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2013/7/9 Roberto Ierusalimschy <>:
>> > Currently, the problem is even worse, as many people use Lua without
>> > floating-point numbers.
>> I am one of them.
>> For me, 5.3 appears to be a great step forward
> Finally, the voice of a silent majority? :)

As far as I'm concerned, it is, regarding the integer addition. And
I'd agree with your rationale ordering (64bits support on general
purpose hardware being more important than limited platforms
optimization). I'm a bit annoyed by the introduction of integers in my
existing code when I don't add a .0 suffix to my constants, but I
guess for my performance requirements some late conversions from
integer to floats won't matter.

But I'd rather keep it a very discreet feature. In other words, not
use it as an argument to import features from other languages that are
better kept in these other languages (in my opinion).

2013/7/9 Roberto Ierusalimschy <>:
>> I suppose such data manipulation often requires treating ints as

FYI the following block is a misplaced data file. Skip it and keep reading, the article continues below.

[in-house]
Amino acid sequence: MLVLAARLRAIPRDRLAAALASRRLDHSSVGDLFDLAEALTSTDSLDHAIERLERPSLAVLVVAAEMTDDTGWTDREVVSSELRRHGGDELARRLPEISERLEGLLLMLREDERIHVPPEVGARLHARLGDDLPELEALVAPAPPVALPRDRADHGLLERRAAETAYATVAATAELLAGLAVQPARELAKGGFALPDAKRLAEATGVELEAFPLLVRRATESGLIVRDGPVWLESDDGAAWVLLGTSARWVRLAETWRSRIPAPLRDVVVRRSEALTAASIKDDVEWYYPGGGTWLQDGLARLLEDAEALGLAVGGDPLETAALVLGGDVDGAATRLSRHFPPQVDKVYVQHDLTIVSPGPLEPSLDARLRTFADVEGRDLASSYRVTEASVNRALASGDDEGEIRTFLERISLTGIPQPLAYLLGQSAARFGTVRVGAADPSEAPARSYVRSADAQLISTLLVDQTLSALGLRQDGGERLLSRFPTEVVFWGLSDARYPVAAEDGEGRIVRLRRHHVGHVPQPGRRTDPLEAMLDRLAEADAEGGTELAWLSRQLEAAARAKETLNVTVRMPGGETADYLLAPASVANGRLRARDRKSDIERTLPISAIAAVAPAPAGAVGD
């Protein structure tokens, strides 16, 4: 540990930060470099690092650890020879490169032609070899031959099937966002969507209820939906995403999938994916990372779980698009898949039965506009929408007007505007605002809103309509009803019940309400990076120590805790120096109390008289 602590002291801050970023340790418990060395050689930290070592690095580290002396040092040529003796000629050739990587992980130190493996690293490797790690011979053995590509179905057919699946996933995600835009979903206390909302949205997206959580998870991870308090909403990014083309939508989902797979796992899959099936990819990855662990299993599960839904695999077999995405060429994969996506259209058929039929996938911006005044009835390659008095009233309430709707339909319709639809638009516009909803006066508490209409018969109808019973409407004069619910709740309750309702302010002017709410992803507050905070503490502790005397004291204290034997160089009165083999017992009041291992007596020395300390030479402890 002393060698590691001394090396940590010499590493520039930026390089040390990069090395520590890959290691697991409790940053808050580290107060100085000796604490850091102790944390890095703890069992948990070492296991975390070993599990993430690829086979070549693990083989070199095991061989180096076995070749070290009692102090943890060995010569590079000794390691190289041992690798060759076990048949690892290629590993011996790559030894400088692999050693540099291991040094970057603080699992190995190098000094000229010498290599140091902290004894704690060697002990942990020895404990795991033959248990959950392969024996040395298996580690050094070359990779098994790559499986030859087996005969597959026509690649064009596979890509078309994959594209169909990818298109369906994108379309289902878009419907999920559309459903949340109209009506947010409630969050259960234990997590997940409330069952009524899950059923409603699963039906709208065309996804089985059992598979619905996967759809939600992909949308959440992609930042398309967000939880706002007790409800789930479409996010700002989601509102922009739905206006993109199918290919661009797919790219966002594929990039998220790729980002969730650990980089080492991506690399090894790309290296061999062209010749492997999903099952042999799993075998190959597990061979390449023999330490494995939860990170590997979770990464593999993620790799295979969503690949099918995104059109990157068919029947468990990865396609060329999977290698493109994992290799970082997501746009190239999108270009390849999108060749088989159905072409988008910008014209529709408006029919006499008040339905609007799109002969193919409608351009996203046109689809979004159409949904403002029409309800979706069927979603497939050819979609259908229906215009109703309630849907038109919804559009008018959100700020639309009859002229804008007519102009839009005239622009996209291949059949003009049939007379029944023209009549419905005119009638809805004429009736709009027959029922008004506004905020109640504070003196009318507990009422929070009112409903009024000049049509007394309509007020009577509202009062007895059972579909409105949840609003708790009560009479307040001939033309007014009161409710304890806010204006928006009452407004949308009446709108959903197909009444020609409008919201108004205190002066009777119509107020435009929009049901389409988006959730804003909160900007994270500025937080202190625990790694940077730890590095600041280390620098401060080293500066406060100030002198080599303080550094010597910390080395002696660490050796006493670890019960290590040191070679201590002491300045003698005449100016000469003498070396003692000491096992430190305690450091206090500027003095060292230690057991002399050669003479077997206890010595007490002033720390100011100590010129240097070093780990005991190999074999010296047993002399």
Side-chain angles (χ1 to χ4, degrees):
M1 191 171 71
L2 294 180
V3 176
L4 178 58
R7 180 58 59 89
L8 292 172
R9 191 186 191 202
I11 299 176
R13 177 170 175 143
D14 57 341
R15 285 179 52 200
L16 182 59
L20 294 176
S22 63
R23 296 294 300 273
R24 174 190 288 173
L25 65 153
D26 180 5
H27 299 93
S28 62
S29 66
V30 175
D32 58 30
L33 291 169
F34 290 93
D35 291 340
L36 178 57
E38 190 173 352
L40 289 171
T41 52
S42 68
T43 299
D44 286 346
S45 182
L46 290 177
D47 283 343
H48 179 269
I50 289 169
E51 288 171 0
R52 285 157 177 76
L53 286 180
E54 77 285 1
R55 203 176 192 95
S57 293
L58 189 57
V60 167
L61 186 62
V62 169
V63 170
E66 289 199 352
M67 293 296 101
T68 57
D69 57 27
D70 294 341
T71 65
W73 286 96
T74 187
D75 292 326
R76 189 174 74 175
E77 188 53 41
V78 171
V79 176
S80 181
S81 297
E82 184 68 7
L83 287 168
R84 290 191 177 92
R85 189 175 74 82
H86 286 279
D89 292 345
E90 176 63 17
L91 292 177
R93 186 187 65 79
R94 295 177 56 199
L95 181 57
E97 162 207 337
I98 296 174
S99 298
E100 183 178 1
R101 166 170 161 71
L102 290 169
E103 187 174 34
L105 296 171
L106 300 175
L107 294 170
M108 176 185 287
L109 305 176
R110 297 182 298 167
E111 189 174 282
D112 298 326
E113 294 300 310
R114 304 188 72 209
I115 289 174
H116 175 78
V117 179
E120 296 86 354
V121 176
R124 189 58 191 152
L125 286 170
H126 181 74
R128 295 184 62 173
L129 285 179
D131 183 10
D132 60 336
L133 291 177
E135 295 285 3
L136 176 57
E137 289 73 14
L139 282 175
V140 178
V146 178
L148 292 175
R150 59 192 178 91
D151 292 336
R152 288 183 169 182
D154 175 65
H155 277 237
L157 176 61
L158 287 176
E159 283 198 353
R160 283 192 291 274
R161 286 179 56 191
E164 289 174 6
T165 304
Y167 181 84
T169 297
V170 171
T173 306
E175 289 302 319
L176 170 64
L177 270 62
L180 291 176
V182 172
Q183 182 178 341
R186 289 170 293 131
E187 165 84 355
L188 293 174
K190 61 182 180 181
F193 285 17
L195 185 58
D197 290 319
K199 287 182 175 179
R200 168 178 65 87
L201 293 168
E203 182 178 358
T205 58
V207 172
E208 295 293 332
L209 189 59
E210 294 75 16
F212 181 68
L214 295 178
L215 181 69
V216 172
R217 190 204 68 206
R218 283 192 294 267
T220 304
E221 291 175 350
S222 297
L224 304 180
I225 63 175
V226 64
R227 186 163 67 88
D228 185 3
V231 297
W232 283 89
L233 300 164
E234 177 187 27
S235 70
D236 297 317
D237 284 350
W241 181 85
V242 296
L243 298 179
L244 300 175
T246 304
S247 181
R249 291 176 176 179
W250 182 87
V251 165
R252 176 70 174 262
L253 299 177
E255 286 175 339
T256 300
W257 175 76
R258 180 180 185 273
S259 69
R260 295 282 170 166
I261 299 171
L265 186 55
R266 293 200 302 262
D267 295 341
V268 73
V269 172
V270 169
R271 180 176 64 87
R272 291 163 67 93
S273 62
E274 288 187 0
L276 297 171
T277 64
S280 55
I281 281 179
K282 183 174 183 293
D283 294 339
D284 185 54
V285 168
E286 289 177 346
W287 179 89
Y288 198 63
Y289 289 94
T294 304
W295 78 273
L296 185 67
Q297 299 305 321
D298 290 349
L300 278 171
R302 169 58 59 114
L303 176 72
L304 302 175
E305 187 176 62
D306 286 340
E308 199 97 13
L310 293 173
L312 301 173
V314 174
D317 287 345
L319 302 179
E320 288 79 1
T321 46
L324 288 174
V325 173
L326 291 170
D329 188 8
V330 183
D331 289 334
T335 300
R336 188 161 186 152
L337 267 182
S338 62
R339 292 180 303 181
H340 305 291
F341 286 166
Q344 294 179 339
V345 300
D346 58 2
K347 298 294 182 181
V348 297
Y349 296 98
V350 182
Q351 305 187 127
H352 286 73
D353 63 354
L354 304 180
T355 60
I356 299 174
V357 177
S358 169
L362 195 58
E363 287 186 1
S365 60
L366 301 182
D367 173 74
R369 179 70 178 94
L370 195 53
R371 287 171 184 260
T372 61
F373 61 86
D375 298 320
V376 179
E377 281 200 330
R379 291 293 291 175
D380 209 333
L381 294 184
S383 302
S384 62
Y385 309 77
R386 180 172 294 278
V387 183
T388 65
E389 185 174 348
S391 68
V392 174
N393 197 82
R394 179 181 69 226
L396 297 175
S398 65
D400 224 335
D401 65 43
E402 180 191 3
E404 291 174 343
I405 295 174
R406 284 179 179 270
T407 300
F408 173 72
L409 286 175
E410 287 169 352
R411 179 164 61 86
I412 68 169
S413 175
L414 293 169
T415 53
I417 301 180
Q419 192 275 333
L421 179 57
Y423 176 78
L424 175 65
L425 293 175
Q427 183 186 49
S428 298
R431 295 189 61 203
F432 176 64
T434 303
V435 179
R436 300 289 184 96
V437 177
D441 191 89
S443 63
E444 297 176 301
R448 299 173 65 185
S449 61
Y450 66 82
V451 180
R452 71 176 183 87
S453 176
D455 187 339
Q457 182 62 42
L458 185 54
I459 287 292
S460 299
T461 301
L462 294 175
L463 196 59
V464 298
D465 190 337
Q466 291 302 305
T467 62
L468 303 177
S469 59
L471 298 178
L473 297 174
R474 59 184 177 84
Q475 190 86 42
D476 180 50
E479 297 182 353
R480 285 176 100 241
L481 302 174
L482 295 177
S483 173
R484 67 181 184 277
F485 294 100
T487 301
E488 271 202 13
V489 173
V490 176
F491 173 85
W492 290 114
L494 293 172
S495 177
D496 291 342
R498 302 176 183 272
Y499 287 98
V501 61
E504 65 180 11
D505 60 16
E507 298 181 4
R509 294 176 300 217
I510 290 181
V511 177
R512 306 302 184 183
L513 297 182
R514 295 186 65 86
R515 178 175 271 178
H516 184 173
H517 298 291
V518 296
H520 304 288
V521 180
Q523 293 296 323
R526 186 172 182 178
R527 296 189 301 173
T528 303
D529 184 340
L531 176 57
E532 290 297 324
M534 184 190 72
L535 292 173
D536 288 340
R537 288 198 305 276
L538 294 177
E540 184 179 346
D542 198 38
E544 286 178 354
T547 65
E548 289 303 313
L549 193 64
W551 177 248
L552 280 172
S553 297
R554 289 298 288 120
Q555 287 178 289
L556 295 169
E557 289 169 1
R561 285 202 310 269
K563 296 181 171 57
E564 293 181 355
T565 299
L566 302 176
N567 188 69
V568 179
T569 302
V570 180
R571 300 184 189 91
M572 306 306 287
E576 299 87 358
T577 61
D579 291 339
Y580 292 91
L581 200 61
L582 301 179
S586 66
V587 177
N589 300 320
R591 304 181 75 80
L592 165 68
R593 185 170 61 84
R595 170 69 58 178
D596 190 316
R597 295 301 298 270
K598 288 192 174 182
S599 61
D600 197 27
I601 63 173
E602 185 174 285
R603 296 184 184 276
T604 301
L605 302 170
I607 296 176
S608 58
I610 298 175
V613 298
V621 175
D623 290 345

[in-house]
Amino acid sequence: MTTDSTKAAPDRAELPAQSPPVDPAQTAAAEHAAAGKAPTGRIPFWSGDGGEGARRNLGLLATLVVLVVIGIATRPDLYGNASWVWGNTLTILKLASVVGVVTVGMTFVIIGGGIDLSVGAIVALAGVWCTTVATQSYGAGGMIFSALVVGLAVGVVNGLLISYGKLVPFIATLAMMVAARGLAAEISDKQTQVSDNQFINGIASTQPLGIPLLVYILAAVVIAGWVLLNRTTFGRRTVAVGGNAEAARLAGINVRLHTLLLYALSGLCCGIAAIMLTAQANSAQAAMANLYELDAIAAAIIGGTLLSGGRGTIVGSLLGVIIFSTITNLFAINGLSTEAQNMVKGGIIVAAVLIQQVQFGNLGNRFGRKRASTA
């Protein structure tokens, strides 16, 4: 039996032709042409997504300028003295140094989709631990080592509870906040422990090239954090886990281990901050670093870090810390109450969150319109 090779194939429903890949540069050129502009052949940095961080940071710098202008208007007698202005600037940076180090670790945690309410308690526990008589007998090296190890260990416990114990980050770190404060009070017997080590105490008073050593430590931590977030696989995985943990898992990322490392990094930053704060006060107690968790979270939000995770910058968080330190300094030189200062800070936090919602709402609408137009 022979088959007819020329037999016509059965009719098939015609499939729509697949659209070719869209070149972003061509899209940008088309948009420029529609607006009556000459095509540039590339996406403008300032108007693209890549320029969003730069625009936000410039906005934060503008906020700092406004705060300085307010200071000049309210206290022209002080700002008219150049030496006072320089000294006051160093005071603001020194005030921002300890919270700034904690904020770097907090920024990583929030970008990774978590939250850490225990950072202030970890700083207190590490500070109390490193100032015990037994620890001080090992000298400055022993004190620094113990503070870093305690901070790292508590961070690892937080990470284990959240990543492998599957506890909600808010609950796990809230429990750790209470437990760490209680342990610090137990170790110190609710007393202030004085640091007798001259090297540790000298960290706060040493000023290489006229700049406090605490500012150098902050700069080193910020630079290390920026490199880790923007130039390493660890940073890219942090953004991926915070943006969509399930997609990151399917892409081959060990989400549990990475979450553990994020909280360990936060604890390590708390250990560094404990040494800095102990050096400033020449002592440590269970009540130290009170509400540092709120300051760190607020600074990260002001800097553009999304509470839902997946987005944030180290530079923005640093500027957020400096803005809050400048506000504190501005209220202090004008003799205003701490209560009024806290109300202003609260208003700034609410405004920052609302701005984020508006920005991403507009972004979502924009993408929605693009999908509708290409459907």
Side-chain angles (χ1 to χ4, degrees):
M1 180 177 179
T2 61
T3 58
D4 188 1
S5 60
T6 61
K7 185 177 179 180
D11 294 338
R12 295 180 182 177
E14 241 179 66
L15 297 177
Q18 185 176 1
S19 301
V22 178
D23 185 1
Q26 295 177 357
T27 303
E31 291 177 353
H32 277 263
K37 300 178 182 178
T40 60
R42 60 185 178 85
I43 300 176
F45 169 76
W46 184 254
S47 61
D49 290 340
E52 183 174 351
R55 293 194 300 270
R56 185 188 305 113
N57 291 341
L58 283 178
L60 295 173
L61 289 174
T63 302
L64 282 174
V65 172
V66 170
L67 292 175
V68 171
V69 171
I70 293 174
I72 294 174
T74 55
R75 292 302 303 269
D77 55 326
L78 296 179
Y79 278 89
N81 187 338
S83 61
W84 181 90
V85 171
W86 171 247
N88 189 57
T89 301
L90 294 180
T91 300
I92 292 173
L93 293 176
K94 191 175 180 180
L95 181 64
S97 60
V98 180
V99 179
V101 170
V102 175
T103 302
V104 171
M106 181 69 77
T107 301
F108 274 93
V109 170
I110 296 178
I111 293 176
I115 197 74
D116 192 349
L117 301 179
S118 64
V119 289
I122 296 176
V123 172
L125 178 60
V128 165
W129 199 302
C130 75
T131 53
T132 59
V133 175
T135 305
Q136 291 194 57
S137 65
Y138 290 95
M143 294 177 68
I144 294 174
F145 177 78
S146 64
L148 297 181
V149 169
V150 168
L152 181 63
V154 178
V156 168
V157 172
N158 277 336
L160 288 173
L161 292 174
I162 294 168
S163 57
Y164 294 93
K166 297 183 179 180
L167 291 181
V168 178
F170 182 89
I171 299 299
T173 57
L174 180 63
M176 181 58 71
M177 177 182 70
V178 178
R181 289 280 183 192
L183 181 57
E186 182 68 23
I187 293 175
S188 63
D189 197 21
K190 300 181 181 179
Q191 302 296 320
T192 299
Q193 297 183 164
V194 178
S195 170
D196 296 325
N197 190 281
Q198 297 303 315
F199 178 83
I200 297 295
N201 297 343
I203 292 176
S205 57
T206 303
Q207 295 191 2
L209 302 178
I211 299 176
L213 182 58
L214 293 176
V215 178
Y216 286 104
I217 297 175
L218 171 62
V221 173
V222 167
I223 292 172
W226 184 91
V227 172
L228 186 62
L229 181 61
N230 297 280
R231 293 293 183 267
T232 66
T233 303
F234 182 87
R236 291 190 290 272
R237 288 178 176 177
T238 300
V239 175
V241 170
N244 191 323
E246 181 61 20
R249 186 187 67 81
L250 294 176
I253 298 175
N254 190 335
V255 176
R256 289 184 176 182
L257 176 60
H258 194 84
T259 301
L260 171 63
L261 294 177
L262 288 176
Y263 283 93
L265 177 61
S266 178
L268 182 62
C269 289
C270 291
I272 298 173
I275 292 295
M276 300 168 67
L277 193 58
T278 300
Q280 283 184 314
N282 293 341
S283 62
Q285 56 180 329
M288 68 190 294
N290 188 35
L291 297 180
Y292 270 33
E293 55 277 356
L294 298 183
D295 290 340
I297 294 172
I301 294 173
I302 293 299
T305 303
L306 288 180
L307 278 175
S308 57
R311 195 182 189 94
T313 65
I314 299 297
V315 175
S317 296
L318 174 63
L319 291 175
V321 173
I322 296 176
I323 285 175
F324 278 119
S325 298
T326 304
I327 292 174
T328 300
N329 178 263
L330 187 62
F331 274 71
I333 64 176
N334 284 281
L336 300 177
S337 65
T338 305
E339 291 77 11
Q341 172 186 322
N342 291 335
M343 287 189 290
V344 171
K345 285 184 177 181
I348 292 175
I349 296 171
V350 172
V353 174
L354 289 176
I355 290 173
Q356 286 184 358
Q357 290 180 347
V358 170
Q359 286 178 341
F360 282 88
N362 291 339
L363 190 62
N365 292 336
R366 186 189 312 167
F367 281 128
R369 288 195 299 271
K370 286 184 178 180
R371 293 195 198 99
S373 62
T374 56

>> unsigned quantities, therefore a bit64 library would be necessary
>> (in a previous post Roberto said its realization is probable).
> We are considering adding bitwise operations to Lua. After all, the main
> reason Lua did not have them was that they were awkward as primitive
> operations over floating-point numbers. With integer numbers, this
> problem is gone.

So far Lua has a syntax quite close to natural language, ie. readable
without knowledge of other programming languages. That's because it's
rather high level, as much as a small implementation can be. With
reasonnable mathematical education, you can understand mathematical
operators (with maybe the exception of ^, though it's a quite common
way to indicate superscript in plain text) and function calls
(assuming you keep your functions functional). With a bit a logical
thinking, the boolean operators behave like the corresponding words in
english (and apart maybe from precedence, I believe they translate
well to many other languages).

But as far as I know bitwise operations have no such ubiquitous
notations (maybe uppercase NOT/AND/OR/XOR?). I think most programmers
would understand C-like bitwise operators. But some users of Lua may
not be familiar with them, and IMHO that would seriously impact the
beauty of the language as it is. People that know C (or a derivative)
can easily interface with some C code, which should do all the heavy
bit mangling.

In other words it feels a little too low level (like the goto
feature), and the overlap with C, which Lua complements so well, may
compromise some of the uniqueness of Lua.